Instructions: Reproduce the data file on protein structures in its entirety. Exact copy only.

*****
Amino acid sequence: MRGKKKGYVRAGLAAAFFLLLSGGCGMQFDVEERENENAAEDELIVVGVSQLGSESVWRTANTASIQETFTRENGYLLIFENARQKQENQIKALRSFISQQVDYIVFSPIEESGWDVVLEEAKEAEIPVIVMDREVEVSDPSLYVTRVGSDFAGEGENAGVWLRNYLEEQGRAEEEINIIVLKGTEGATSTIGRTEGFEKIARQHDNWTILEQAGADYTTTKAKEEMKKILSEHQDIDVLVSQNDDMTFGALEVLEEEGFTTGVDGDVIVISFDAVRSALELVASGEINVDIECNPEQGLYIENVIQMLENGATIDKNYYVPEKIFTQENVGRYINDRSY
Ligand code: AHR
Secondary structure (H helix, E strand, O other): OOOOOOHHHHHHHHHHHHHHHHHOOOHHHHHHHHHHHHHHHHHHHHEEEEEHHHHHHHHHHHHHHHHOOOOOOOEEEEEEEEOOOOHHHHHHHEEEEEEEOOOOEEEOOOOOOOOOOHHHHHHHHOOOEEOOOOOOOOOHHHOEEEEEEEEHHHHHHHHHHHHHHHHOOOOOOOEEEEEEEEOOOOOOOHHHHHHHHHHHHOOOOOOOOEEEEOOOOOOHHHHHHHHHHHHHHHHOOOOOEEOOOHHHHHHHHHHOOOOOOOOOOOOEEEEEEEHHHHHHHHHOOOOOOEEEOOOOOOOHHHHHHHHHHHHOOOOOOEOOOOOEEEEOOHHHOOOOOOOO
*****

Amino acid sequence: MRGKKKGYVRAGLAAAFFLLLSGGCGMQFDVEERENENAAEDELIVVGVSQLGSESVWRTANTASIQETFTRENGYLLIFENARQKQENQIKALRSFISQQVDYIVFSPIEESGWDVVLEEAKEAEIPVIVMDREVEVSDPSLYVTRVGSDFAGEGENAGVWLRNYLEEQGRAEEEINIIVLKGTEGATSTIGRTEGFEKIARQHDNWTILEQAGADYTTTKAKEEMKKILSEHQDIDVLVSQNDDMTFGALEVLEEEGFTTGVDGDVIVISFDAVRSALELVASGEINVDIECNPEQGLYIENVIQMLENGATIDKNYYVPEKIFTQENVGRYINDRSY
Ligand code: AHR
Secondary structure (H helix, E strand, O other): OOOOOOHHHHHHHHHHHHHHHHHOOOHHHHHHHHHHHHHHHHHHHHEEEEEHHHHHHHHHHHHHHHHOOOOOOOEEEEEEEEOOOOHHHHHHHEEEEEEEOOOOEEEOOOOOOOOOOHHHHHHHHOOOEEOOOOOOOOOHHHOEEEEEEEEHHHHHHHHHHHHHHHHOOOOOOOEEEEEEEEOOOOOOOHHHHHHHHHHHHOOOOOOOOEEEEOOOOOOHHHHHHHHHHHHHHHHOOOOOEEOOOHHHHHHHHHHOOOOOOOOOOOOEEEEEEEHHHHHHHHHOOOOOOEEEOOOOOOOHHHHHHHHHHHHOOOOOOEOOOOOEEEEOOHHHOOOOOOOO